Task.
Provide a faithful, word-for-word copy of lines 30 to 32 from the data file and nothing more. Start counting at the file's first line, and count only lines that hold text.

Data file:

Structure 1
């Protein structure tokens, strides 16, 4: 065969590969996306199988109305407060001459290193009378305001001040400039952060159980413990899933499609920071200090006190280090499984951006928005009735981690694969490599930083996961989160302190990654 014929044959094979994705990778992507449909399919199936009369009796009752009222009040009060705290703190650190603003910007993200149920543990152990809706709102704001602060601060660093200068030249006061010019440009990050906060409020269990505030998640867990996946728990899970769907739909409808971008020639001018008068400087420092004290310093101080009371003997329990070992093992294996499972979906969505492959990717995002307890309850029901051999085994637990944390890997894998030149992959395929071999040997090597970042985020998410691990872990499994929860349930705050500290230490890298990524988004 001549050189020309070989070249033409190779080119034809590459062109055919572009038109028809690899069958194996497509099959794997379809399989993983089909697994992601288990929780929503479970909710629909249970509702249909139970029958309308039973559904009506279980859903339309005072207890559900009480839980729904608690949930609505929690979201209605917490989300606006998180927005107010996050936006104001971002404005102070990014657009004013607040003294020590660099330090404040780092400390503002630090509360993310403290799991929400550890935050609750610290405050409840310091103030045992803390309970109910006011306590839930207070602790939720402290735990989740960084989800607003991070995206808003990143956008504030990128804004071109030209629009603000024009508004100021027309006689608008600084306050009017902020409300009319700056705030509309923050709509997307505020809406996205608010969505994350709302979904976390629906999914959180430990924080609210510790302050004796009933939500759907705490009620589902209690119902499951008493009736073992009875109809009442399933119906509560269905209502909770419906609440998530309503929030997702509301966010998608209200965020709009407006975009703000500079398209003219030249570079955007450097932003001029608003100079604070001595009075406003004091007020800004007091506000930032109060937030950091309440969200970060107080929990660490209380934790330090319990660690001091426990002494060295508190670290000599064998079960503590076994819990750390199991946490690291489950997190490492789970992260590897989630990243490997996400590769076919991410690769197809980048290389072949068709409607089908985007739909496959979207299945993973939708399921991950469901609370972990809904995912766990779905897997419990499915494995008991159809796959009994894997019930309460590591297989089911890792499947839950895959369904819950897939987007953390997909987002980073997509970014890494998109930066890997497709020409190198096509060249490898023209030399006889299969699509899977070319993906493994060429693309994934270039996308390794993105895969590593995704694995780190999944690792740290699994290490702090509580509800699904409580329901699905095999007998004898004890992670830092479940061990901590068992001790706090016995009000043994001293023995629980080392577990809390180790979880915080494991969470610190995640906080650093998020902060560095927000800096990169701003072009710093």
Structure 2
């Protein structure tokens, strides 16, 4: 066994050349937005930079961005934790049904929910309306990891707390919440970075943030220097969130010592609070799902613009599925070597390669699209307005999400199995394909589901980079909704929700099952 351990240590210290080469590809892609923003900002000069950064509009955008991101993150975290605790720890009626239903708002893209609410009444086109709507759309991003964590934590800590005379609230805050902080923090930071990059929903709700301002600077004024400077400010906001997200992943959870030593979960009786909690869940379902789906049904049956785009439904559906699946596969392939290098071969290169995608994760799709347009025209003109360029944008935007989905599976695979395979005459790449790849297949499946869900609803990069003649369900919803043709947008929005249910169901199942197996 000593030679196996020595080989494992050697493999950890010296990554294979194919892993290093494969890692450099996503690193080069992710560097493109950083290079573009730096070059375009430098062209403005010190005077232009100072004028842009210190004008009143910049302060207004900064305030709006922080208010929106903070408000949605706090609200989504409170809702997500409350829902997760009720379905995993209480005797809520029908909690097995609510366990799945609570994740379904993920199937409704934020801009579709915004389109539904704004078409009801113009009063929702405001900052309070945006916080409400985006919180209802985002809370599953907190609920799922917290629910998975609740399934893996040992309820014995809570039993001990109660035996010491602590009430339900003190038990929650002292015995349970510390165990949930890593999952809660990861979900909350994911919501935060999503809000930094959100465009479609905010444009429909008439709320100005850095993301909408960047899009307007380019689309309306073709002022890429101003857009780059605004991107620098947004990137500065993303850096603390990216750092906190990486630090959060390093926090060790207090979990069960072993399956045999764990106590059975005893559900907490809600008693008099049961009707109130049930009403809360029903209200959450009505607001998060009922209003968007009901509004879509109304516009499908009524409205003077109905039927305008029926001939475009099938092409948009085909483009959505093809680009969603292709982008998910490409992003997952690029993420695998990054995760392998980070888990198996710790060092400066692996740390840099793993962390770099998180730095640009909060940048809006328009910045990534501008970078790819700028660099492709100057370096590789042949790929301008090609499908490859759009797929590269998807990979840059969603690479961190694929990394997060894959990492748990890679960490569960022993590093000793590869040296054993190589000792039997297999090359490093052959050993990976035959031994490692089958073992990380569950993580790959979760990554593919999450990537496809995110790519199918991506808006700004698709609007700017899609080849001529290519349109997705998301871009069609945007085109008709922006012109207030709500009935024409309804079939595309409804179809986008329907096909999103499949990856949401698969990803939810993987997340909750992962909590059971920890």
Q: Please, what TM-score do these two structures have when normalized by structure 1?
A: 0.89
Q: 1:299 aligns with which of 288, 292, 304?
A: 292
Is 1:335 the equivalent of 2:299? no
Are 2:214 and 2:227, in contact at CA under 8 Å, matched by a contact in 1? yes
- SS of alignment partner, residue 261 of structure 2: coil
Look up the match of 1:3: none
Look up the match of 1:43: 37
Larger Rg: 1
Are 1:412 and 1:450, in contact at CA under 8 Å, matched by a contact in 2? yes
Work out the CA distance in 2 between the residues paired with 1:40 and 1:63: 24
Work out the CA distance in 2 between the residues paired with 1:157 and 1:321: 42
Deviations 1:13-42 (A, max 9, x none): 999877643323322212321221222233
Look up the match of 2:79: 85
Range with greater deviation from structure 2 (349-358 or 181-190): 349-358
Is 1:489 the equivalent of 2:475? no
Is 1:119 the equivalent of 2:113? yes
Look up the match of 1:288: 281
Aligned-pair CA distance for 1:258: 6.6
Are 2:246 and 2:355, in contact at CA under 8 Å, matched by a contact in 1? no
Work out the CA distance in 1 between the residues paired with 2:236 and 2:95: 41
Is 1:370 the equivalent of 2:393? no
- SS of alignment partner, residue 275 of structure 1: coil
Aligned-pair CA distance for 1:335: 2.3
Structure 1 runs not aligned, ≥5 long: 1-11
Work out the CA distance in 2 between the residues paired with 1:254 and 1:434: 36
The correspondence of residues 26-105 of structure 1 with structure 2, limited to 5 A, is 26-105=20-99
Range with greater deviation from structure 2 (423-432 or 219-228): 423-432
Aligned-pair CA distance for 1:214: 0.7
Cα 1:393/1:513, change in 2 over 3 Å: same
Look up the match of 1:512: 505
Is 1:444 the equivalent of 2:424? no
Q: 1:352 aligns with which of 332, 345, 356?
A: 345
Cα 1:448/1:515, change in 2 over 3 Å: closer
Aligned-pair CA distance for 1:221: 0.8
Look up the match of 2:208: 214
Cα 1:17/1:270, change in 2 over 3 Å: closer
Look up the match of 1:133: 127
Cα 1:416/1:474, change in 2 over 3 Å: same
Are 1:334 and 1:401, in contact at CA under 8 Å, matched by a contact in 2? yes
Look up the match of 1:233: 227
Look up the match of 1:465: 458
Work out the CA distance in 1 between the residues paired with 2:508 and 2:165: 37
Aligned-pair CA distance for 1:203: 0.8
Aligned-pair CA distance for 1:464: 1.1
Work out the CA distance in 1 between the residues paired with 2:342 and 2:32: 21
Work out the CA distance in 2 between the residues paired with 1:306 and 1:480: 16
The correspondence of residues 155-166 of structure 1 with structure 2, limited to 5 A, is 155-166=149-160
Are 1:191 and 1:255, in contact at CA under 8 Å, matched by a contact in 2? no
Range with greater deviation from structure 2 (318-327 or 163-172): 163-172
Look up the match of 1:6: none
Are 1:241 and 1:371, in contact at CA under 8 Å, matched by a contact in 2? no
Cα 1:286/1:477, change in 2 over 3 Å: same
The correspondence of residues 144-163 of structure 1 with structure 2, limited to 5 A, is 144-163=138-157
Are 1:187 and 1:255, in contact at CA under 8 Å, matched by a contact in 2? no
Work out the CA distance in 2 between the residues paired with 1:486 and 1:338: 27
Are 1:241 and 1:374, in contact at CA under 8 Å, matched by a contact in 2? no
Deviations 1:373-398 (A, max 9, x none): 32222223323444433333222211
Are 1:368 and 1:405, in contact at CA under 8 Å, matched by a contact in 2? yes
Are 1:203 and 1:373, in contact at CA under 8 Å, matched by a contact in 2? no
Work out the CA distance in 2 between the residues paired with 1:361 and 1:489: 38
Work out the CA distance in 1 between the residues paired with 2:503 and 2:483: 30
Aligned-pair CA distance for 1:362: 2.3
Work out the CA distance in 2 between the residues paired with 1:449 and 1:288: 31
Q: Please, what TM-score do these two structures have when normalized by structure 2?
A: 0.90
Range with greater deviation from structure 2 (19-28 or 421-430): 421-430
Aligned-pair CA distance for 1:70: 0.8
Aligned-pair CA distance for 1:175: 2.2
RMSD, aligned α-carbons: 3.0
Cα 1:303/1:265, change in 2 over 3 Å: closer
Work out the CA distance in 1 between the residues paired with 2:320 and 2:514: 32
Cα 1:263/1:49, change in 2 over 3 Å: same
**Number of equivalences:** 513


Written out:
Structure 1 runs not aligned, ≥5 long: 1-11
Work out the CA distance in 2 between the residues paired with 1:254 and 1:434: 36
The correspondence of residues 26-105 of structure 1 with structure 2, limited to 5 A, is 26-105=20-99